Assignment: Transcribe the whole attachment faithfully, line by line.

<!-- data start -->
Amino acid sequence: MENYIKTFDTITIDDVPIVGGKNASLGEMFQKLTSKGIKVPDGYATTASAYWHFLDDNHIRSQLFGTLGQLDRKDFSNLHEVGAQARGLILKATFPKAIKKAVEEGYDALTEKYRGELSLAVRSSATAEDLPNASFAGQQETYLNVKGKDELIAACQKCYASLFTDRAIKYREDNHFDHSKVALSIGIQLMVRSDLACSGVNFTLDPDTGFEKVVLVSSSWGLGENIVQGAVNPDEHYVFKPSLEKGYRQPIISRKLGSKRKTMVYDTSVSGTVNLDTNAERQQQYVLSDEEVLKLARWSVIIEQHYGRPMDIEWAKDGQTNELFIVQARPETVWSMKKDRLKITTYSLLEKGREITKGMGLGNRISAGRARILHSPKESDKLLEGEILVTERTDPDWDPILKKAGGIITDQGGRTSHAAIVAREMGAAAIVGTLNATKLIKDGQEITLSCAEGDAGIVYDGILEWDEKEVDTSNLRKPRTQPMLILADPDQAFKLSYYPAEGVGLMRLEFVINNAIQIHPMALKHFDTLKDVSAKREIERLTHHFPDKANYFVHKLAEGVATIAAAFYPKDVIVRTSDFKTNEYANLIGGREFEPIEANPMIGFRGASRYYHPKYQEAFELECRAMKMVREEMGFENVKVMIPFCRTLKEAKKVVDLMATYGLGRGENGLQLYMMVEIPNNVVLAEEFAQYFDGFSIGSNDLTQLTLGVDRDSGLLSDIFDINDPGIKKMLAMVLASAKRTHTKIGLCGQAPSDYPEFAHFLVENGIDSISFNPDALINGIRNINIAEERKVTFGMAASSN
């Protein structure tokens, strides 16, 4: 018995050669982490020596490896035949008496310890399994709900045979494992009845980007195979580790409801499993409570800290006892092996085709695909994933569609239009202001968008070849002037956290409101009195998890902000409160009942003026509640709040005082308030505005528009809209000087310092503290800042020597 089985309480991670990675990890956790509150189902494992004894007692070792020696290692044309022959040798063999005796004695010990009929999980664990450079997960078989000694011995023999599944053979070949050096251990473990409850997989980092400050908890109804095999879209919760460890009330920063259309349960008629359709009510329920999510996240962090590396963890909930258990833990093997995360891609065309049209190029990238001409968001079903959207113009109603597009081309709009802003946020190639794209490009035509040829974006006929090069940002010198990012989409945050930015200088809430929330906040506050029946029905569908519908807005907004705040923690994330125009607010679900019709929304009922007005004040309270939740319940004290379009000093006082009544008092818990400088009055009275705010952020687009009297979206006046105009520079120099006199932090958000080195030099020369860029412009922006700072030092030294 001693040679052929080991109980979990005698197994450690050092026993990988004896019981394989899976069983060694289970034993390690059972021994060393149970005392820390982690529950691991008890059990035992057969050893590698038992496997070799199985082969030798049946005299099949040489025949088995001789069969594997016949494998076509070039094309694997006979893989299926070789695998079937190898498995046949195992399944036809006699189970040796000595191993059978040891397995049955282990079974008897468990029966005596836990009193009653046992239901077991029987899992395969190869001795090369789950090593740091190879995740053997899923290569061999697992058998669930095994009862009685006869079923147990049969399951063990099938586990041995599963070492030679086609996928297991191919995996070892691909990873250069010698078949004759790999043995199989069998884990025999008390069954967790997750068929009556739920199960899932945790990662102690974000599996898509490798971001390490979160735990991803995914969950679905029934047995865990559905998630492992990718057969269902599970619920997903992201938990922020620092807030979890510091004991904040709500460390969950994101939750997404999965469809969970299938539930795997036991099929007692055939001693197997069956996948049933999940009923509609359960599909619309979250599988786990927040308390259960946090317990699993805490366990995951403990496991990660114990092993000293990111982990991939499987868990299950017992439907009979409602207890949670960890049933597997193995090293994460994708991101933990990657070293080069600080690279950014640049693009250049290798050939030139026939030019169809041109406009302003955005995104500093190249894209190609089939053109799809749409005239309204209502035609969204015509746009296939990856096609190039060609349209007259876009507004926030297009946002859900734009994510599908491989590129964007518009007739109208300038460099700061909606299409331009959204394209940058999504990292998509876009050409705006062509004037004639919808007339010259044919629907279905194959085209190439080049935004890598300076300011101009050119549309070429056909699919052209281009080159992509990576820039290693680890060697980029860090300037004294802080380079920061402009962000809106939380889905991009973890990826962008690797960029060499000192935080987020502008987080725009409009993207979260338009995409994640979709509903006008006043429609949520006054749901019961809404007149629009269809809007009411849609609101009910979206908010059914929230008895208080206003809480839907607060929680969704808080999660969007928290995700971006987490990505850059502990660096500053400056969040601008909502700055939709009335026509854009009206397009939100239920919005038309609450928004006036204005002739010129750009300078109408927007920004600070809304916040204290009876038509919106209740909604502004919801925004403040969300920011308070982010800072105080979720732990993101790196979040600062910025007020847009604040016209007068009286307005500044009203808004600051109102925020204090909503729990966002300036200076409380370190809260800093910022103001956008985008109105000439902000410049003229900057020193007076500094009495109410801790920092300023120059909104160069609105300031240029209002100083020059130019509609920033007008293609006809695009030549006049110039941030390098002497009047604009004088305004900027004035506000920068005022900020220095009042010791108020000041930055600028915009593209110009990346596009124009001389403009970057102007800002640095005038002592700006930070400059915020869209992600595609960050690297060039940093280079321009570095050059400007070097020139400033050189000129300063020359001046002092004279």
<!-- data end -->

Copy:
Amino acid sequence: MENYIKTFDTITIDDVPIVGGKNASLGEMFQKLTSKGIKVPDGYATTASAYWHFLDDNHIRSQLFGTLGQLDRKDFSNLHEVGAQARGLILKATFPKAIKKAVEEGYDALTEKYRGELSLAVRSSATAEDLPNASFAGQQETYLNVKGKDELIAACQKCYASLFTDRAIKYREDNHFDHSKVALSIGIQLMVRSDLACSGVNFTLDPDTGFEKVVLVSSSWGLGENIVQGAVNPDEHYVFKPSLEKGYRQPIISRKLGSKRKTMVYDTSVSGTVNLDTNAERQQQYVLSDEEVLKLARWSVIIEQHYGRPMDIEWAKDGQTNELFIVQARPETVWSMKKDRLKITTYSLLEKGREITKGMGLGNRISAGRARILHSPKESDKLLEGEILVTERTDPDWDPILKKAGGIITDQGGRTSHAAIVAREMGAAAIVGTLNATKLIKDGQEITLSCAEGDAGIVYDGILEWDEKEVDTSNLRKPRTQPMLILADPDQAFKLSYYPAEGVGLMRLEFVINNAIQIHPMALKHFDTLKDVSAKREIERLTHHFPDKANYFVHKLAEGVATIAAAFYPKDVIVRTSDFKTNEYANLIGGREFEPIEANPMIGFRGASRYYHPKYQEAFELECRAMKMVREEMGFENVKVMIPFCRTLKEAKKVVDLMATYGLGRGENGLQLYMMVEIPNNVVLAEEFAQYFDGFSIGSNDLTQLTLGVDRDSGLLSDIFDINDPGIKKMLAMVLASAKRTHTKIGLCGQAPSDYPEFAHFLVENGIDSISFNPDALINGIRNINIAEERKVTFGMAASSN
């Protein structure tokens, strides 16, 4: 018995050669982490020596490896035949008496310890399994709900045979494992009845980007195979580790409801499993409570800290006892092996085709695909994933569609239009202001968008070849002037956290409101009195998890902000409160009942003026509640709040005082308030505005528009809209000087310092503290800042020597 089985309480991670990675990890956790509150189902494992004894007692070792020696290692044309022959040798063999005796004695010990009929999980664990450079997960078989000694011995023999599944053979070949050096251990473990409850997989980092400050908890109804095999879209919760460890009330920063259309349960008629359709009510329920999510996240962090590396963890909930258990833990093997995360891609065309049209190029990238001409968001079903959207113009109603597009081309709009802003946020190639794209490009035509040829974006006929090069940002010198990012989409945050930015200088809430929330906040506050029946029905569908519908807005907004705040923690994330125009607010679900019709929304009922007005004040309270939740319940004290379009000093006082009544008092818990400088009055009275705010952020687009009297979206006046105009520079120099006199932090958000080195030099020369860029412009922006700072030092030294 001693040679052929080991109980979990005698197994450690050092026993990988004896019981394989899976069983060694289970034993390690059972021994060393149970005392820390982690529950691991008890059990035992057969050893590698038992496997070799199985082969030798049946005299099949040489025949088995001789069969594997016949494998076509070039094309694997006979893989299926070789695998079937190898498995046949195992399944036809006699189970040796000595191993059978040891397995049955282990079974008897468990029966005596836990009193009653046992239901077991029987899992395969190869001795090369789950090593740091190879995740053997899923290569061999697992058998669930095994009862009685006869079923147990049969399951063990099938586990041995599963070492030679086609996928297991191919995996070892691909990873250069010698078949004759790999043995199989069998884990025999008390069954967790997750068929009556739920199960899932945790990662102690974000599996898509490798971001390490979160735990991803995914969950679905029934047995865990559905998630492992990718057969269902599970619920997903992201938990922020620092807030979890510091004991904040709500460390969950994101939750997404999965469809969970299938539930795997036991099929007692055939001693197997069956996948049933999940009923509609359960599909619309979250599988786990927040308390259960946090317990699993805490366990995951403990496991990660114990092993000293990111982990991939499987868990299950017992439907009979409602207890949670960890049933597997193995090293994460994708991101933990990657070293080069600080690279950014640049693009250049290798050939030139026939030019169809041109406009302003955005995104500093190249894209190609089939053109799809749409005239309204209502035609969204015509746009296939990856096609190039060609349209007259876009507004926030297009946002859900734009994510599908491989590129964007518009007739109208300038460099700061909606299409331009959204394209940058999504990292998509876009050409705006062509004037004639919808007339010259044919629907279905194959085209190439080049935004890598300076300011101009050119549309070429056909699919052209281009080159992509990576820039290693680890060697980029860090300037004294802080380079920061402009962000809106939380889905991009973890990826962008690797960029060499000192935080987020502008987080725009409009993207979260338009995409994640979709509903006008006043429609949520006054749901019961809404007149629009269809809007009411849609609101009910979206908010059914929230008895208080206003809480839907607060929680969704808080999660969007928290995700971006987490990505850059502990660096500053400056969040601008909502700055939709009335026509854009009206397009939100239920919005038309609450928004006036204005002739010129750009300078109408927007920004600070809304916040204290009876038509919106209740909604502004919801925004403040969300920011308070982010800072105080979720732990993101790196979040600062910025007020847009604040016209007068009286307005500044009203808004600051109102925020204090909503729990966002300036200076409380370190809260800093910022103001956008985008109105000439902000410049003229900057020193007076500094009495109410801790920092300023120059909104160069609105300031240029209002100083020059130019509609920033007008293609006809695009030549006049110039941030390098002497009047604009004088305004900027004035506000920068005022900020220095009042010791108020000041930055600028915009593209110009990346596009124009001389403009970057102007800002640095005038002592700006930070400059915020869209992600595609960050690297060039940093280079321009570095050059400007070097020139400033050189000129300063020359001046002092004279």